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Can Insect Farming Solve Europe’s Protein Feed Problem?

Insects are vital for farming as pollinators of crops and as predators of pests but livestock farmers are now looking more and more at insects as a source of feed. There is however, a growing interest and research on farming insects to provide a source of protein for both animals and humans. The global edible insects market is expected to reach USD 7,956.7 million by 2030, with an annual growth rate of 24.4% p.a.

It is estimated that insects form part of the traditional diets of at least 2 billion people but in many Western countries in particular consumers often view eating insects with disgust. However one way in which insects could contribute to food security could be through their use as animal feed – particularly if the insect protein is produced using waste materials. It is estimated that the global market for insect animal feed could reach USD 2385.6 million by the end of 2029. Farmed insects such as the Black Soldier Fly (Hermetia illucens) may offer a more efficient and sustainable source of protein in poultry and aquaculture diets than soy-bean meal and fish meal and help to meet the growing demand for animal proteins across the globe.

Black Soldier Fly

Interest in insects as animal feed is particularly strong within Europe. According to the EU Commission the EU produces only 29% of what it consumes in products with a protein content of 30 to 50%.

In November 2018 Adriana Cassilis Vice President of the International Platform for Insects as Food and Feed (IPIFF) stated that insects are ‘new’ sources of protein and are needed to close the feed gap. This has a considerable impact on the economics of poultry and pig production as well as aquaculture. There is growing pressure from both retailers and policy makers to reduce Europe’s reliance on imported soya meal due to the perceived environmental damage and deforestation caused by increased soy production.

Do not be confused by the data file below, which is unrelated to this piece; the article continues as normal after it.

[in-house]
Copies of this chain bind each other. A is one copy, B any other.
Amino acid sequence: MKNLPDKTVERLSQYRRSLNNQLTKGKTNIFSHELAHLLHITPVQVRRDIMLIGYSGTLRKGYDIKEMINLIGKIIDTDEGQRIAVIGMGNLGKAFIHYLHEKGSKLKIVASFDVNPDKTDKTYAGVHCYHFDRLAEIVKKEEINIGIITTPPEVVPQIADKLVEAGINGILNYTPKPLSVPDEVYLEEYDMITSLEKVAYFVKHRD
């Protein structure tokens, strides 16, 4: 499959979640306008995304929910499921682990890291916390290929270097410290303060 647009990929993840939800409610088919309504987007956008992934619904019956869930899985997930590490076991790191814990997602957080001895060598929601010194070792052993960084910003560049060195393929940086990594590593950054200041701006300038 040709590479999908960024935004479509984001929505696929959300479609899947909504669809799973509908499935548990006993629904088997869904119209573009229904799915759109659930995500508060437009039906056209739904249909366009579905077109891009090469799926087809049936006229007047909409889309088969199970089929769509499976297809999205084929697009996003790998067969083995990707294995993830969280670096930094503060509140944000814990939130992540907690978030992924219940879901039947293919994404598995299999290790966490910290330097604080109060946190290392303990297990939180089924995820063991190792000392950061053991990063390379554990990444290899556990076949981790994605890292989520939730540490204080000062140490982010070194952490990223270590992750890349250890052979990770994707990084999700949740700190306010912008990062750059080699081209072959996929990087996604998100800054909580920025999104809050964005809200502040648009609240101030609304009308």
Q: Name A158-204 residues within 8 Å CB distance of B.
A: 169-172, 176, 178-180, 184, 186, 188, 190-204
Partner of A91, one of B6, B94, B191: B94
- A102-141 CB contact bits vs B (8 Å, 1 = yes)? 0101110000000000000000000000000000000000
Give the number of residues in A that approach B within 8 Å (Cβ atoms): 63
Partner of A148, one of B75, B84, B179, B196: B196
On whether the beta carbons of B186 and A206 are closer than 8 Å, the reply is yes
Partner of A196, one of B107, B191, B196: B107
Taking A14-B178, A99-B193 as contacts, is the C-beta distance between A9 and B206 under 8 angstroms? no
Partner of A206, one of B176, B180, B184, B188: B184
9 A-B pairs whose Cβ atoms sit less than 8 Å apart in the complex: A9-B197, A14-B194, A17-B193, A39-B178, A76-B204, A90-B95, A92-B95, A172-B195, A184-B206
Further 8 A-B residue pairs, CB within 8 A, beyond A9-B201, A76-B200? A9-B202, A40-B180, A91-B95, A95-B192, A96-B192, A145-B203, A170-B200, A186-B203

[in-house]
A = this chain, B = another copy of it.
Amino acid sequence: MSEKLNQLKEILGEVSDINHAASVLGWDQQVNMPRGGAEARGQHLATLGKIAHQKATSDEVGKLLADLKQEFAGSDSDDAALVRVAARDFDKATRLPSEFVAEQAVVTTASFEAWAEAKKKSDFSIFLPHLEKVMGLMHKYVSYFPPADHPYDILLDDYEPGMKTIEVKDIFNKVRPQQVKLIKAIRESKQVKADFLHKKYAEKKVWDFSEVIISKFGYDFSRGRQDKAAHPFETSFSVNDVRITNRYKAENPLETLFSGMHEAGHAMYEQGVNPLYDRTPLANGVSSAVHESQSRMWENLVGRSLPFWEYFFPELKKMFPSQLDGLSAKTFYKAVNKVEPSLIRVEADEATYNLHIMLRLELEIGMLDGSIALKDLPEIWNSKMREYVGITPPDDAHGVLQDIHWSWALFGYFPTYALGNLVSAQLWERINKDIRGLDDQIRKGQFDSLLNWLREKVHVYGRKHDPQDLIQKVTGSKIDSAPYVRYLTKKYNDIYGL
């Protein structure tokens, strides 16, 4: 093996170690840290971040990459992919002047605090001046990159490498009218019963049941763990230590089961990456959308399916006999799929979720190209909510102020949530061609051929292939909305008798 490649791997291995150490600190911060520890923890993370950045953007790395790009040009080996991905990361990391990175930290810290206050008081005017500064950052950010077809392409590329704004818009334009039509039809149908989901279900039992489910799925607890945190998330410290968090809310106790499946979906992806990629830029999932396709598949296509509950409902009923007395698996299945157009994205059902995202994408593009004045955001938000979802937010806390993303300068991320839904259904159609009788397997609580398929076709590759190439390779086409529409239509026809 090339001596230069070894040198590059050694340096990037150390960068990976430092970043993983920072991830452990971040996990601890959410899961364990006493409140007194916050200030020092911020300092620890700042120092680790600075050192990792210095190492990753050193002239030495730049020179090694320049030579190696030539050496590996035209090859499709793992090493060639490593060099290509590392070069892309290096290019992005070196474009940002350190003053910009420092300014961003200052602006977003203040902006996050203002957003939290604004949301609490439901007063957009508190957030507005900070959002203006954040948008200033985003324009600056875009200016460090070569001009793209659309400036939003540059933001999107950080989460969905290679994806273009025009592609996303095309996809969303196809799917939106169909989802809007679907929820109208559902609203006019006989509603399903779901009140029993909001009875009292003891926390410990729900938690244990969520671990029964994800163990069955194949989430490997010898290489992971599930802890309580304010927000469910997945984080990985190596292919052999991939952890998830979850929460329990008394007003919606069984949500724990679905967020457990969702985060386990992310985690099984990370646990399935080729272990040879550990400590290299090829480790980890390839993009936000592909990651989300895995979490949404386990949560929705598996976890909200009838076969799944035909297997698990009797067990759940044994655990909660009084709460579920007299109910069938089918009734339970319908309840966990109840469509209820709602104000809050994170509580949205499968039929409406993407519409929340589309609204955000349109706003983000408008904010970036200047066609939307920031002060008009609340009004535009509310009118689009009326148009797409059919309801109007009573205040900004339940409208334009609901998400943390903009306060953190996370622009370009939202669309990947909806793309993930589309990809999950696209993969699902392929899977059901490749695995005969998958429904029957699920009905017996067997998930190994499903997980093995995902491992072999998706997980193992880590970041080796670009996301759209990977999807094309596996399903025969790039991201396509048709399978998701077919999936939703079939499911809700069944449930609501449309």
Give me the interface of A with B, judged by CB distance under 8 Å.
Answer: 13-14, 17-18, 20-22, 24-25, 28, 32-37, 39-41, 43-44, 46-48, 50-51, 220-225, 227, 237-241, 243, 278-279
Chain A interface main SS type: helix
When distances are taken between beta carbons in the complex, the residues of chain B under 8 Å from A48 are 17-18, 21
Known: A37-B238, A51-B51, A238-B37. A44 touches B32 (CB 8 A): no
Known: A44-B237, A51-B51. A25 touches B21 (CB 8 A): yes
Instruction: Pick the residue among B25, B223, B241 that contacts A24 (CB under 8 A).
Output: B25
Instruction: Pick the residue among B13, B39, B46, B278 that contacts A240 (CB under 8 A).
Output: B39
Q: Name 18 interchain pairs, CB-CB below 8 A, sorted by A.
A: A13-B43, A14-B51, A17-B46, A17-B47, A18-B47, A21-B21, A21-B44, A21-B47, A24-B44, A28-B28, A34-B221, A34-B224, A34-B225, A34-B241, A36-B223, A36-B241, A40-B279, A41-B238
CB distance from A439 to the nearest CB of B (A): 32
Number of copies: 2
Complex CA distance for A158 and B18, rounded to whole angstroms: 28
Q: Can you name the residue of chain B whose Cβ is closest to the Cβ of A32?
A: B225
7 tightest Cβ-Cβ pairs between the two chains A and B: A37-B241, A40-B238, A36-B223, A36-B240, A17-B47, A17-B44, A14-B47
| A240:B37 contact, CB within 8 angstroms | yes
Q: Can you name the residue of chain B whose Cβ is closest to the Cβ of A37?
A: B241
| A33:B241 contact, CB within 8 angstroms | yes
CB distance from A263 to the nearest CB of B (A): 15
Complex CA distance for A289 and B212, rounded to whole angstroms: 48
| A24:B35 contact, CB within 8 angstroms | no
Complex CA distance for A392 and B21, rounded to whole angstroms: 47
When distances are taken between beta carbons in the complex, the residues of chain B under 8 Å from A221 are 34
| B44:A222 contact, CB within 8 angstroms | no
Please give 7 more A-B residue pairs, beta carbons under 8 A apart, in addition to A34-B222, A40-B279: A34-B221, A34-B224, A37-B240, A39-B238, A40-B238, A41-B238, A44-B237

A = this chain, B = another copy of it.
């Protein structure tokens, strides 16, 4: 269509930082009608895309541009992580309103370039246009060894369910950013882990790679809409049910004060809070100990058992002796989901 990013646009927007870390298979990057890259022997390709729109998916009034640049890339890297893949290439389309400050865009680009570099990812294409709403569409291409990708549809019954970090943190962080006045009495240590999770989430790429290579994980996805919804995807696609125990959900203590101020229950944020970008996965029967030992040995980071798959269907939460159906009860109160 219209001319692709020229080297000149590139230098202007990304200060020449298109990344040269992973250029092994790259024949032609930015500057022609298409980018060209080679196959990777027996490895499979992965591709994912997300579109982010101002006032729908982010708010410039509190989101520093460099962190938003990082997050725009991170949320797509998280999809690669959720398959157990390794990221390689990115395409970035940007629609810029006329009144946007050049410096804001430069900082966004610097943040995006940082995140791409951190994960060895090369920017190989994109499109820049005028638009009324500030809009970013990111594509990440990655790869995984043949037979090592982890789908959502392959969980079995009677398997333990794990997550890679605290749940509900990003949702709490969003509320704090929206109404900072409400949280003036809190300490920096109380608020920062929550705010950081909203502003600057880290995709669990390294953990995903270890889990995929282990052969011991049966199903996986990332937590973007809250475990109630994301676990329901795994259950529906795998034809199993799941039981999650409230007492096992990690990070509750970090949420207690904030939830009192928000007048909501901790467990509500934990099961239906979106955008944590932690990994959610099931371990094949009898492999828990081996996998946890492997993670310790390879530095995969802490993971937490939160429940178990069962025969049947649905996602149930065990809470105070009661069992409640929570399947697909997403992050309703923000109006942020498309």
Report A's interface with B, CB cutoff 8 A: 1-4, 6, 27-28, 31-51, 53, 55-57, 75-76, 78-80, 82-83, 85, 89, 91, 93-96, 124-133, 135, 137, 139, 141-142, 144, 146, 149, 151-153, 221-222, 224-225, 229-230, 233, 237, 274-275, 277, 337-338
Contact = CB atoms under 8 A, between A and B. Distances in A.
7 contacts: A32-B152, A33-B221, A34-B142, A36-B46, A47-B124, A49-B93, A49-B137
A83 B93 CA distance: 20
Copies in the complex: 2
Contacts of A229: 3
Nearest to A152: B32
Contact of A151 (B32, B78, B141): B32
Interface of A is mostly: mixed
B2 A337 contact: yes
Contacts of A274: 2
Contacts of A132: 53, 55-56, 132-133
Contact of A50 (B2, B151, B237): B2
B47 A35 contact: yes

Before insects can start to replace some of the 30 million MT per year of soya meal currently imported into the EU regulations need to change to allow the feeding of insect products to pigs and poultry. The EU has allowed insects to be fed to fish since 2017 and according to the IPIFF it is expected that insects will soon be approved for feeding to poultry and pigs. The IPIFF claim that roughly 1,000 tonnes of insect protein have been commercialized by European insect producers in total, since the authorization of insect proteins for use in aqua feed. Currently the aquaculture feed market consumes approximately 50% of European animal feed made from insects and this is expected to rise to 75% by 2030. Some believe that farmed salmon producers may be able to charge a premium for fish produced using insect feeds based on the improved environmental credentials.

There are other challenges, many of the substrates used for the production of insect larvae can also be fed directly to livestock and it is simply not economic sense to use them to produce insect protein destined for food animals. Currently other waste products such as manure, catering  and domestic waste are not allowed in farmed animal feeds – and insects are classed as a farmed animal.

Despite these challenges market forces and environmental pressures are building for the necessary changes to take the market forward in the future.

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